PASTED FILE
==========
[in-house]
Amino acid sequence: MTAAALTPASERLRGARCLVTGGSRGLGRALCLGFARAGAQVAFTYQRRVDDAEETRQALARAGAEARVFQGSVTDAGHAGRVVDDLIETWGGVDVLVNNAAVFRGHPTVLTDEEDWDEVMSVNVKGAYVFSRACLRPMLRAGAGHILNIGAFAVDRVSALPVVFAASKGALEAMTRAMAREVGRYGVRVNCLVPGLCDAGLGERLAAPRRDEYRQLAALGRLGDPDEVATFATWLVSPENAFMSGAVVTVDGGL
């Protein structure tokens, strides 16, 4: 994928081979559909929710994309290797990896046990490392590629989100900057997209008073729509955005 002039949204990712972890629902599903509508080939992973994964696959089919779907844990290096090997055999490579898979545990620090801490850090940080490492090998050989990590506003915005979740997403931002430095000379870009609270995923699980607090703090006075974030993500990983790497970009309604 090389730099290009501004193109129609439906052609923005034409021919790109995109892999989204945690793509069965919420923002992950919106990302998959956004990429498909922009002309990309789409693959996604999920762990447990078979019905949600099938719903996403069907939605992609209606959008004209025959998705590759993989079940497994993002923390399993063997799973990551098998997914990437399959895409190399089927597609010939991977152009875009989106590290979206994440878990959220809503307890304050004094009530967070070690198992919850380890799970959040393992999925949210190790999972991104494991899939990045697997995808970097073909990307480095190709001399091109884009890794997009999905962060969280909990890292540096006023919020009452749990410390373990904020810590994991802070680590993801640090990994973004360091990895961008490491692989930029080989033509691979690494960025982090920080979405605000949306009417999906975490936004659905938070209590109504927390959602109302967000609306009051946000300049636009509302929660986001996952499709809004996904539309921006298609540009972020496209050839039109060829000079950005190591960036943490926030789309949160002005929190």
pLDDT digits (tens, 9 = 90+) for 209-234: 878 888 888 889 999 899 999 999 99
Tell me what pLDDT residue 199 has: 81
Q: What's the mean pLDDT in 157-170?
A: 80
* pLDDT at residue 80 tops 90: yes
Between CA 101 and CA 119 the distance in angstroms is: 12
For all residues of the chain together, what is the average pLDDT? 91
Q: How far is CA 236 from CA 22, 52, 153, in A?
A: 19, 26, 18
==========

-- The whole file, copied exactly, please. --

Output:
[in-house]
Amino acid sequence: MTAAALTPASERLRGARCLVTGGSRGLGRALCLGFARAGAQVAFTYQRRVDDAEETRQALARAGAEARVFQGSVTDAGHAGRVVDDLIETWGGVDVLVNNAAVFRGHPTVLTDEEDWDEVMSVNVKGAYVFSRACLRPMLRAGAGHILNIGAFAVDRVSALPVVFAASKGALEAMTRAMAREVGRYGVRVNCLVPGLCDAGLGERLAAPRRDEYRQLAALGRLGDPDEVATFATWLVSPENAFMSGAVVTVDGGL
């Protein structure tokens, strides 16, 4: 994928081979559909929710994309290797990896046990490392590629989100900057997209008073729509955005 002039949204990712972890629902599903509508080939992973994964696959089919779907844990290096090997055999490579898979545990620090801490850090940080490492090998050989990590506003915005979740997403931002430095000379870009609270995923699980607090703090006075974030993500990983790497970009309604 090389730099290009501004193109129609439906052609923005034409021919790109995109892999989204945690793509069965919420923002992950919106990302998959956004990429498909922009002309990309789409693959996604999920762990447990078979019905949600099938719903996403069907939605992609209606959008004209025959998705590759993989079940497994993002923390399993063997799973990551098998997914990437399959895409190399089927597609010939991977152009875009989106590290979206994440878990959220809503307890304050004094009530967070070690198992919850380890799970959040393992999925949210190790999972991104494991899939990045697997995808970097073909990307480095190709001399091109884009890794997009999905962060969280909990890292540096006023919020009452749990410390373990904020810590994991802070680590993801640090990994973004360091990895961008490491692989930029080989033509691979690494960025982090920080979405605000949306009417999906975490936004659905938070209590109504927390959602109302967000609306009051946000300049636009509302929660986001996952499709809004996904539309921006298609540009972020496209050839039109060829000079950005190591960036943490926030789309949160002005929190």
pLDDT digits (tens, 9 = 90+) for 209-234: 878 888 888 889 999 899 999 999 99
Tell me what pLDDT residue 199 has: 81
Q: What's the mean pLDDT in 157-170?
A: 80
* pLDDT at residue 80 tops 90: yes
Between CA 101 and CA 119 the distance in angstroms is: 12
For all residues of the chain together, what is the average pLDDT? 91
Q: How far is CA 236 from CA 22, 52, 153, in A?
A: 19, 26, 18